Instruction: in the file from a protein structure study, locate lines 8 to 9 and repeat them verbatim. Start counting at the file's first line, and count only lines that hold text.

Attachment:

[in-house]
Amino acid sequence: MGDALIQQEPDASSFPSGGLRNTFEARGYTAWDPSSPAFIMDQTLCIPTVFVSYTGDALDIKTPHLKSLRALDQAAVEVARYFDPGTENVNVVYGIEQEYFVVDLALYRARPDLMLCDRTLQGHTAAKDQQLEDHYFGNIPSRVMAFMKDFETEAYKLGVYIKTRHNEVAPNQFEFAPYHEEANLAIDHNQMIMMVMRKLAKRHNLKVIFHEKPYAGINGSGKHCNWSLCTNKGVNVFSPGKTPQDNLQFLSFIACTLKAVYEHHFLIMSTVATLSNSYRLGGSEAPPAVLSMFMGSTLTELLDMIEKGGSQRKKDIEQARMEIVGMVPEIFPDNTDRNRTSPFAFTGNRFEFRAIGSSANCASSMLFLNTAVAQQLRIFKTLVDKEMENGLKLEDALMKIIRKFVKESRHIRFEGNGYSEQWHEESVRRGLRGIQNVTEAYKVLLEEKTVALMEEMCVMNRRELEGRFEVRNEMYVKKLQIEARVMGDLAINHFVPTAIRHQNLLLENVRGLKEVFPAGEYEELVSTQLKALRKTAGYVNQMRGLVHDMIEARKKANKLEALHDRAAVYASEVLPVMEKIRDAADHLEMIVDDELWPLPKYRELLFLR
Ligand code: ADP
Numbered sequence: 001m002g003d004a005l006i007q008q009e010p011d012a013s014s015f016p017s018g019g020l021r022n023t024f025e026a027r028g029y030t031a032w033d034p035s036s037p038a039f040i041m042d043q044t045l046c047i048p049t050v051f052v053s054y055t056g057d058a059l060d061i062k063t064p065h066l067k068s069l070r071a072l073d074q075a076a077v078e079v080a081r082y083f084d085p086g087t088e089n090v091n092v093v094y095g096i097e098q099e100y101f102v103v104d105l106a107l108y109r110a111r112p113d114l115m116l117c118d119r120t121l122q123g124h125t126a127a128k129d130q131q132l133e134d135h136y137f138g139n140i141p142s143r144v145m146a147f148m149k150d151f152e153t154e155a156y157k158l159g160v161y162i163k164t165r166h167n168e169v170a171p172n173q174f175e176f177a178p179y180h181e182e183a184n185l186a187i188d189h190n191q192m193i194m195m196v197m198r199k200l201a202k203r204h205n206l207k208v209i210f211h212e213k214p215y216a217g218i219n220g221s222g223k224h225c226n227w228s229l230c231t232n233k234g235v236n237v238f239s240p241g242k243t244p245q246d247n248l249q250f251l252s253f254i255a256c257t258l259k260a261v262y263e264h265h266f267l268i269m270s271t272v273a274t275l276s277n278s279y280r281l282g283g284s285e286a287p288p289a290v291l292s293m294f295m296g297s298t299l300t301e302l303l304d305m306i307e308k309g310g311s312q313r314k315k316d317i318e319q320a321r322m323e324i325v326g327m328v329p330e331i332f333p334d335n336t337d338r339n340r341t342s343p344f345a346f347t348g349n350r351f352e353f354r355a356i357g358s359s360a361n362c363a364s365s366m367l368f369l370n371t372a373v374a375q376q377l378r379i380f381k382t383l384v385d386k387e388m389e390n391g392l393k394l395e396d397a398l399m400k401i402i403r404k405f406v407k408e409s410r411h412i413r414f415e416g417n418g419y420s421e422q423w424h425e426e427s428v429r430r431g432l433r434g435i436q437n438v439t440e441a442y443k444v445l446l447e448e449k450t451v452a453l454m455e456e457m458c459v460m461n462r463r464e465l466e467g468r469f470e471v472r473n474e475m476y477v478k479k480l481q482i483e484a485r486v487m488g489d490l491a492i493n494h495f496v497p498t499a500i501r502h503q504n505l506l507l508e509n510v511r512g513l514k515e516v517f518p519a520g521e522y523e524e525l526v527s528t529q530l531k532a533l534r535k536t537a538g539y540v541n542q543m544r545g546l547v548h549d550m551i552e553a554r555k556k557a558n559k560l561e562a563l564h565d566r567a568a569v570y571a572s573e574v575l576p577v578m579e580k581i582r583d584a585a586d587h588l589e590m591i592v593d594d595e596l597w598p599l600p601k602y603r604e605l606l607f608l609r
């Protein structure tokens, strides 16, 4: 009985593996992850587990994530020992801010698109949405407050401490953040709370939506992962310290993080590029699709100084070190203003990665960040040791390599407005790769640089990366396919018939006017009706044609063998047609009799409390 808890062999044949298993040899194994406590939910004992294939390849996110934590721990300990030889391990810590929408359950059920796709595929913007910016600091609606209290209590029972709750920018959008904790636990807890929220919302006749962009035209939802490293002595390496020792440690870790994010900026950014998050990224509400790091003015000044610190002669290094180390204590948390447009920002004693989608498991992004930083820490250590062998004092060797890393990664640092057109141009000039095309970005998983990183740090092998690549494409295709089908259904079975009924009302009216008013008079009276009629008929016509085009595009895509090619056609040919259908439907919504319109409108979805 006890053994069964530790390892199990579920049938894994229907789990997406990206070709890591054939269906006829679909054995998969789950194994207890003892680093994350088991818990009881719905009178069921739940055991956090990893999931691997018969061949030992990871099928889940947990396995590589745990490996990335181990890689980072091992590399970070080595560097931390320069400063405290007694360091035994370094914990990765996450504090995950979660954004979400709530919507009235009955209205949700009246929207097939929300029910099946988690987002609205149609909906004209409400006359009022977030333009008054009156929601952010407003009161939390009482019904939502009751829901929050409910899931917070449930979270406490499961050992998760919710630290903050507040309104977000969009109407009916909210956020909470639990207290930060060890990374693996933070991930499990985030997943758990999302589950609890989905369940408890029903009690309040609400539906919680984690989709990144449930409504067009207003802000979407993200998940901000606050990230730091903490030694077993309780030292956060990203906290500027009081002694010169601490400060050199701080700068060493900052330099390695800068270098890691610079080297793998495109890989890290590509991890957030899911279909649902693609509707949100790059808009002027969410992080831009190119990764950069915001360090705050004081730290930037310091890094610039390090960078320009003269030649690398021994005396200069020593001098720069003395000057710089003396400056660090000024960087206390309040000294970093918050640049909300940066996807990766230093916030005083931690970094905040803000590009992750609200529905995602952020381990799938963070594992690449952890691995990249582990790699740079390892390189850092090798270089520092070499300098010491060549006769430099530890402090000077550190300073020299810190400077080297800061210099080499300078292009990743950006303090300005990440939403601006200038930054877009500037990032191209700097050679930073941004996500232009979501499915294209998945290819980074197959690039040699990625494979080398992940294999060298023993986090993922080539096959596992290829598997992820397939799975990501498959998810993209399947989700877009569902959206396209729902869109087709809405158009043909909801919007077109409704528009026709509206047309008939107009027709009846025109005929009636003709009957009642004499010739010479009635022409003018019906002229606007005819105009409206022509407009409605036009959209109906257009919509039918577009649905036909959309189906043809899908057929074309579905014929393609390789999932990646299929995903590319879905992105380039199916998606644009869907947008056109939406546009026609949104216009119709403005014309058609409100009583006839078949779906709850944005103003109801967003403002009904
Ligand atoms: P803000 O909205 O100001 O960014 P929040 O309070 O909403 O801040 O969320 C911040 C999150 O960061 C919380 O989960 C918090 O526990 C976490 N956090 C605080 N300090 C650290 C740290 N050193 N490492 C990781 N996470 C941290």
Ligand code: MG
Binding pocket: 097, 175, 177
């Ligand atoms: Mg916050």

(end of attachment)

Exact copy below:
Binding pocket: 097, 175, 177
């Ligand atoms: Mg916050």